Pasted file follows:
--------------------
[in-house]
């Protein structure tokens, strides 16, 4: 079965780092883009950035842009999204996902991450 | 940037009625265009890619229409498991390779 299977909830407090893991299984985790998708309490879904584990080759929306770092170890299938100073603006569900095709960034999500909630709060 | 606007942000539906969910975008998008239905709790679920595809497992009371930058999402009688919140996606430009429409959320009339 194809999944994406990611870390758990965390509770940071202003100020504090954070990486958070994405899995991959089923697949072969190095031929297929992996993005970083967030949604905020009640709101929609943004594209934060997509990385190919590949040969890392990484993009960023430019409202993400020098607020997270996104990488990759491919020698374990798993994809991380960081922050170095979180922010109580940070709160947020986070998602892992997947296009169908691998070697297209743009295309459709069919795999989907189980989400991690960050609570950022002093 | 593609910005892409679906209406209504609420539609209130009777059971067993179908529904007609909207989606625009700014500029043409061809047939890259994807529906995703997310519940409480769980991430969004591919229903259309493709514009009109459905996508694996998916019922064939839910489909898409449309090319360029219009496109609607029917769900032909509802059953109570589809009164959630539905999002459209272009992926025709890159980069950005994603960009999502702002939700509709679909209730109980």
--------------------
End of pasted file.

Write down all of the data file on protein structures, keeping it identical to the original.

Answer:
[in-house]
């Protein structure tokens, strides 16, 4: 079965780092883009950035842009999204996902991450 | 940037009625265009890619229409498991390779 299977909830407090893991299984985790998708309490879904584990080759929306770092170890299938100073603006569900095709960034999500909630709060 | 606007942000539906969910975008998008239905709790679920595809497992009371930058999402009688919140996606430009429409959320009339 194809999944994406990611870390758990965390509770940071202003100020504090954070990486958070994405899995991959089923697949072969190095031929297929992996993005970083967030949604905020009640709101929609943004594209934060997509990385190919590949040969890392990484993009960023430019409202993400020098607020997270996104990488990759491919020698374990798993994809991380960081922050170095979180922010109580940070709160947020986070998602892992997947296009169908691998070697297209743009295309459709069919795999989907189980989400991690960050609570950022002093 | 593609910005892409679906209406209504609420539609209130009777059971067993179908529904007609909207989606625009700014500029043409061809047939890259994807529906995703997310519940409480769980991430969004591919229903259309493709514009009109459905996508694996998916019922064939839910489909898409449309090319360029219009496109609607029917769900032909509802059953109570589809009164959630539905999002459209272009992926025709890159980069950005994603960009999502702002939700509709679909209730109980």